How to Talk to Kids About Tragedies and Violence, and Other News

Parents having a serious discussion with their childIn the wake of terror attacks and acts of violence around the world—such as the white supremacy demonstrations in Charlottesville, Virginia, that led a man to plough a vehicle into a crowd of counter-protesters, killing a woman—many parents may be unsure how to talk to their children about the news.

The American Academy of Pediatrics offers parents several tips. The discussion, the organization says, should begin by asking children what they already know. Parents should offer encouragement and reassurance, maintain a consistent routine, and shield young children from graphic images of violence. They should also monitor children for signs of depression and trauma, such as sleep, behavioral issues, and changes in eating habits.

Many want to talk with their children about race in a way that raises a child’s consciousness without being frightening. Most experts emphasize the need to be honest in an age-appropriate way. Parents must also explore their own feelings about race and racism before attempting to educate their children. Like other challenging conversations, ignoring the issue won’t make it go away. Rather than having one conversation, parents should begin as early as possible, have frequent discussions, and maintain open lines of communication.

The Psychology of the Eclipse: ‘You Just Feel Connected With Everybody’

As excitement about Monday’s solar eclipse increases, some mental health experts say the eclipse can foster a connection. Experiencing something out of the ordinary can break down the usual barriers to connection, fostering a sense of unity and closeness—even with strangers.

Some Companies Want You to Take a Mental Health Day

A mental health day can be as important for good health and job satisfaction as sick leave. Yet, many workers are reluctant to tell their managers they need one. Some companies now encourage employees to take mental health days, citing increases in productivity and job satisfaction among employees with good mental health.

What’s Worse Than Being Unemployed? A Bad Job, Say Researchers

Many workers think long-term unemployment is the most stressful job experience they can have. According to new research, however, staying in a bad job might be worse. Researchers followed people who were unemployed during 2009 and 2010. Those who took “poor quality work” had higher stress levels than those who remained jobless.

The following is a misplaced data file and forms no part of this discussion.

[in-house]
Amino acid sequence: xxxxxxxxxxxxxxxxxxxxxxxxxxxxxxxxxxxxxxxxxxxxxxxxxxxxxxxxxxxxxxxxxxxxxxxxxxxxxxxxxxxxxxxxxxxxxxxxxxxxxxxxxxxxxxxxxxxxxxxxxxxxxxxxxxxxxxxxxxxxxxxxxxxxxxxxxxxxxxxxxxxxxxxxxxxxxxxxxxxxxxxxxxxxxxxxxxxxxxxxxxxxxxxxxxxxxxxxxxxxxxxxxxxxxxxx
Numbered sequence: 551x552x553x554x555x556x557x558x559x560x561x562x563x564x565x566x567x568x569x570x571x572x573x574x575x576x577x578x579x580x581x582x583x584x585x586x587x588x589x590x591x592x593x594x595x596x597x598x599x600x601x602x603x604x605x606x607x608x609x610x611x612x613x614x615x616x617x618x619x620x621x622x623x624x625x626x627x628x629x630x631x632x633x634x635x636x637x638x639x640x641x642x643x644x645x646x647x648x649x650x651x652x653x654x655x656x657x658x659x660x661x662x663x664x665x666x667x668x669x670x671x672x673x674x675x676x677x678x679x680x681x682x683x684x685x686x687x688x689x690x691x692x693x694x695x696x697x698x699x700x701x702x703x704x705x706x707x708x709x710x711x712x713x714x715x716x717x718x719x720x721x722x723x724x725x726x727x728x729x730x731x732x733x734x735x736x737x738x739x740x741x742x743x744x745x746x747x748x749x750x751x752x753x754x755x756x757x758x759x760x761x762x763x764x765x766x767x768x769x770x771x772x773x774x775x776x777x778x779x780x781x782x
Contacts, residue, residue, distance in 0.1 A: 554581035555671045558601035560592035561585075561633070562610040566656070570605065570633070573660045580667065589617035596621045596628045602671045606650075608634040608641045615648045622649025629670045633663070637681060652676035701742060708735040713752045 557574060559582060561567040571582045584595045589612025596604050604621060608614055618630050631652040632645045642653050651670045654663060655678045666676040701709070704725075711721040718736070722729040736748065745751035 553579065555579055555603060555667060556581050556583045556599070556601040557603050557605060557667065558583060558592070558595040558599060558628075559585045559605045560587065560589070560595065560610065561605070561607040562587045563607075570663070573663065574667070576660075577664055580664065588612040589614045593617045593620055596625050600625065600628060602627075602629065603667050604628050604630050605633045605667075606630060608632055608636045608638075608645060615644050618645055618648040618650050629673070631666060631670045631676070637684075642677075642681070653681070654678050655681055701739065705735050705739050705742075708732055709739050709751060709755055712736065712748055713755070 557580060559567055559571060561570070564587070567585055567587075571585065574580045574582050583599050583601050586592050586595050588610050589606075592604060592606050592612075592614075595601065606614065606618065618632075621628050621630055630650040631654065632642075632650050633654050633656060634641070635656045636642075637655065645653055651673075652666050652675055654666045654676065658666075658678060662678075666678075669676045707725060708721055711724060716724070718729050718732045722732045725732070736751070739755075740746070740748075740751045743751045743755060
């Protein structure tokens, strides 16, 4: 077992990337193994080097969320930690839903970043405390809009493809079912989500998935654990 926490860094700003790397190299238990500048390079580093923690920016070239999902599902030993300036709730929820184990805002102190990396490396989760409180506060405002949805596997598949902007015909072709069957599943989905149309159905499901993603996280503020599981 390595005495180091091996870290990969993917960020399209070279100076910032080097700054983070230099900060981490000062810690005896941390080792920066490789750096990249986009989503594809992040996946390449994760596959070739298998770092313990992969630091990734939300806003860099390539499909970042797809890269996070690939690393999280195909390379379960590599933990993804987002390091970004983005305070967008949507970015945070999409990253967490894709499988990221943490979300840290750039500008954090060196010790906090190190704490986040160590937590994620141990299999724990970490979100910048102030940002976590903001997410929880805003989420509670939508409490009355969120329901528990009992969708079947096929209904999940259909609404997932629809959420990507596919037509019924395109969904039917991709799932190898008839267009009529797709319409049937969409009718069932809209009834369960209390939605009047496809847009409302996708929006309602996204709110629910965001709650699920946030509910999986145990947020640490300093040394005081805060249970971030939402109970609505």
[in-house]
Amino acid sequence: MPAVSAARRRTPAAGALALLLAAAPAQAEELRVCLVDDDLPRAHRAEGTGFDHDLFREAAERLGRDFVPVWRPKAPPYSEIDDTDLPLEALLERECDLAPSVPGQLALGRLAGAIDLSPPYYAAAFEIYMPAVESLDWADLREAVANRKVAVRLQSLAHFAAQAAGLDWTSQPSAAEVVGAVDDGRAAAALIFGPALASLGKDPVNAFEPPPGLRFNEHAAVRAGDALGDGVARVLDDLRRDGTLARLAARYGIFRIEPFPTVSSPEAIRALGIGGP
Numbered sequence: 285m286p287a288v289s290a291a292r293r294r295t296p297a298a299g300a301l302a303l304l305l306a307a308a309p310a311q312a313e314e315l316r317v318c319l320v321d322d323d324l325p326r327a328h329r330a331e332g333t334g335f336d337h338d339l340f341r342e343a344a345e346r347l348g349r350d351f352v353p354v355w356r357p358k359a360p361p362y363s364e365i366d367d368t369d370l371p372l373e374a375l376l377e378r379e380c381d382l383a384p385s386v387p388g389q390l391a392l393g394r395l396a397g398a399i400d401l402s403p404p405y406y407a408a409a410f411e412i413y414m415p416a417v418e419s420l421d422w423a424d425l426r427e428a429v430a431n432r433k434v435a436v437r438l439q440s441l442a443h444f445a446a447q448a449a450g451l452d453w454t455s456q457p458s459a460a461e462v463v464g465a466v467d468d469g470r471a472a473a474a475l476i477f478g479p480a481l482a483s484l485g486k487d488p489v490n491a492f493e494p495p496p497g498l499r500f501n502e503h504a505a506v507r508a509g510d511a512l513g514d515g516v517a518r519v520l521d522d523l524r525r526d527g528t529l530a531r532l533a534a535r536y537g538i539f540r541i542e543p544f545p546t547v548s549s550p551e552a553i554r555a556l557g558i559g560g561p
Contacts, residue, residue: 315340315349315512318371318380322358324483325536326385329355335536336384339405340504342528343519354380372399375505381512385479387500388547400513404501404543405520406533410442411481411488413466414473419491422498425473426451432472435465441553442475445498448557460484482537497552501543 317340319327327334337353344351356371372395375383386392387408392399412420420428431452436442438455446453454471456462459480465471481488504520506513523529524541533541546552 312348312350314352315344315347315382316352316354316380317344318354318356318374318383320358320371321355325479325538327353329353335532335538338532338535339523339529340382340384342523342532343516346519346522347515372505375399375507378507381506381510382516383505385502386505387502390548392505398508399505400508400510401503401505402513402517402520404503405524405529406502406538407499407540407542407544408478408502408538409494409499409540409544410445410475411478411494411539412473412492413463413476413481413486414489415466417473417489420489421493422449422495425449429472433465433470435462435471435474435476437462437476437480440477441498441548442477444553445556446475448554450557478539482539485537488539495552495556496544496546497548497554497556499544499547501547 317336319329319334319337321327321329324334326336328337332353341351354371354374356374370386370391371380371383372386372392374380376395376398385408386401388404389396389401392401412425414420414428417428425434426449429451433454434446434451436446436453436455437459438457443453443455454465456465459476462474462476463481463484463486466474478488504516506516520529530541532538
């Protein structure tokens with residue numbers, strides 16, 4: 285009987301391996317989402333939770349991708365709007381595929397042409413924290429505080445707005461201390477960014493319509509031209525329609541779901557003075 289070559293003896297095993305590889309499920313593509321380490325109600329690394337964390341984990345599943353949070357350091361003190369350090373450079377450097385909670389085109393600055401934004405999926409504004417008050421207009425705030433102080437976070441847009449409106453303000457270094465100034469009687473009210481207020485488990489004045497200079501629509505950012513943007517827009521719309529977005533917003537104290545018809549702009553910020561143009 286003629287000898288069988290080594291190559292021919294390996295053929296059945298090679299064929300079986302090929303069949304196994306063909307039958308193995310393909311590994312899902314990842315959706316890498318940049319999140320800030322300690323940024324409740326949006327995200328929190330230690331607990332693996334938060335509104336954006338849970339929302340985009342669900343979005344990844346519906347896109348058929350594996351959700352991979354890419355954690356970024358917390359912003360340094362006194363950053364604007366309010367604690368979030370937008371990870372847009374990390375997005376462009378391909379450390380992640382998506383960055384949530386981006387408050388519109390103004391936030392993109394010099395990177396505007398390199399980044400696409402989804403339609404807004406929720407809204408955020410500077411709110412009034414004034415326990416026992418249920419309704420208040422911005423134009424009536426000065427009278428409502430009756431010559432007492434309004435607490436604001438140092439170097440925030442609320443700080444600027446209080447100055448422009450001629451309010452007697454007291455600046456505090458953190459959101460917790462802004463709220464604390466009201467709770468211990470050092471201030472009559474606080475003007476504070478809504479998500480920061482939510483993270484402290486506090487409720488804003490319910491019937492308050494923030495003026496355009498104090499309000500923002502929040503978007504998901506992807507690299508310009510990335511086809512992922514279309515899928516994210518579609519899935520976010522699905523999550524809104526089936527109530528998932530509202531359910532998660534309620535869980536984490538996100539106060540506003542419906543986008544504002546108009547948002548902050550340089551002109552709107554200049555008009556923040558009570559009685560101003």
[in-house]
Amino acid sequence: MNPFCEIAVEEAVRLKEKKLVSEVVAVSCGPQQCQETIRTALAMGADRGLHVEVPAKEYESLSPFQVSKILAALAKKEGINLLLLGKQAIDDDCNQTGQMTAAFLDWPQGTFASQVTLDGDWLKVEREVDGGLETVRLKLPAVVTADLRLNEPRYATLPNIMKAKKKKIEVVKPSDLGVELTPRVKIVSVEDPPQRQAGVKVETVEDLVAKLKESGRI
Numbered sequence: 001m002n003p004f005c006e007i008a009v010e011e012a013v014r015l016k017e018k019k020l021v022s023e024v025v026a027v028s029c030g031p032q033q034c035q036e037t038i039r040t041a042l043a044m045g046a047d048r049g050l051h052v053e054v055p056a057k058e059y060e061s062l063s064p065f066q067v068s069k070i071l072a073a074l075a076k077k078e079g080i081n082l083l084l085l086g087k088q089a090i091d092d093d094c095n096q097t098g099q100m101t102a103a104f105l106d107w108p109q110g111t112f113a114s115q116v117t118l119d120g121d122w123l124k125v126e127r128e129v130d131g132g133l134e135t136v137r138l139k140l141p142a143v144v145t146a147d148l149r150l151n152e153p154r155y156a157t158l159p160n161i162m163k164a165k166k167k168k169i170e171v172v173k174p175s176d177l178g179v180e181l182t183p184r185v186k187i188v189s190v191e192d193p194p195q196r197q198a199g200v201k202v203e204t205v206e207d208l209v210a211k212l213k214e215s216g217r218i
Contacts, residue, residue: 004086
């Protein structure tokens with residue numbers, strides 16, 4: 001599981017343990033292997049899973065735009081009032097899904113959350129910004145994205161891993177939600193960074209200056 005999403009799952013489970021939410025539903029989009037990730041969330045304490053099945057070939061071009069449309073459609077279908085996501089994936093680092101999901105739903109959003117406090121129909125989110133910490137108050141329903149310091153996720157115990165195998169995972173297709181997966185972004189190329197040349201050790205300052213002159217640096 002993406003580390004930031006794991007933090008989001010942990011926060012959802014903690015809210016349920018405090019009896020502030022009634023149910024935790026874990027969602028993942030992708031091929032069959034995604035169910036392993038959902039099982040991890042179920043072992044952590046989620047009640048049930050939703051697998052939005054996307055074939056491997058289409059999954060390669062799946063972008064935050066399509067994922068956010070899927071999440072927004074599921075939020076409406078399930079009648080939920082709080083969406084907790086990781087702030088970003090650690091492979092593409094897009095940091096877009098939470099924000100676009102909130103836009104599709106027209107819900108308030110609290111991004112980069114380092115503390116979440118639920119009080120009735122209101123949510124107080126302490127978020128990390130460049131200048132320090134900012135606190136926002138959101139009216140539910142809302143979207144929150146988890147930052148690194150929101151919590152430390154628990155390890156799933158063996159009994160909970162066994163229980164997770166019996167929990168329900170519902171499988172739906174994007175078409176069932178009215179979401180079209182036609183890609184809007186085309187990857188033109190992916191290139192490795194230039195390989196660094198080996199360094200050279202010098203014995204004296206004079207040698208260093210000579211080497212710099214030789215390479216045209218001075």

Rand Study Recommends Improvements to Mental Health Care for Service Members

A new Rand Corporation study suggests lack of access to quality mental health care remains an issue for current and former soldiers. The study, which surveyed 520 providers, found less than half were able to see people with depression or posttraumatic stress (PTSD) weekly. Instead, they saw these people biweekly or less. This suggests soldiers may not get the consistent care they need to see improvements in mental health.

How White Supremacists Use Victimhood to Recruit

Research on white supremacist groups suggest their members see themselves—not the minority groups they target—as the real victims. They believe white people are the real targets for systemic oppression. In other words, they are prevented from expressing their “white pride,” their victimization erodes self-esteem, and the ongoing victimization of white groups is part of a plan to eliminate the white “race.”

Now, Manage Your Mental Health and Chronic Conditions With an App

A new smartphone app promises to help middle-age and older adults manage their physical and mental health. The app, which is designed to meet the average technical abilities of older adults, involves three months of training in 10 sessions. The sessions cover health topics such as stress, medication and substance abuse, and the role of mental health in physical health.

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  • aja

    August 18th, 2017 at 2:44 PM

    We have gotten to the point that we do not turn on any of the news channels until the kids have gone to bed.

    It is simply too sad and depressing to know that the world that they are growing up in is so totally different from what we grew up with. They already don’t get to stay innocent for very long anymore, and all of the terror insures that this lasts for an even shorter amount of time.

    Our children are not allowed to just simply be children anymore.

  • Sondra

    August 21st, 2017 at 1:15 PM

    But at least a bad job is still a job and still a paycheck

  • Mike

    August 24th, 2017 at 2:41 PM

    Although I work for a very generous company it is almost laughable to think that there would be anyone there actually encouraging us to take a day off for our mental health. I am going to go out on a limb and say that this is probably never going to happen in my work environment and I would suspect that there are more people who feel that same way that I do. It is not that our employers don’t care for us, because I believe that they do in many ways have our best interests in mind. But I also think that they look at the bottom line too, and that is all they see. They want someone there are all times to make sure that the productivity is met in a way that satisfies their overall goals.

  • Kell

    August 25th, 2017 at 7:49 AM

    There are so many different reasons why someone would join up with a white supremacist group, and yes I do think that many times it does have a whole lot to do with feeling like their needs have been ignored and looked over. I think that you will find the same things when people are joining up with ISIS or Al Queda. They just somehow feel very left out of the forward progress so they think that joining up with a group such as these will help them to get ahead in a way that being a regular old member of society has not.

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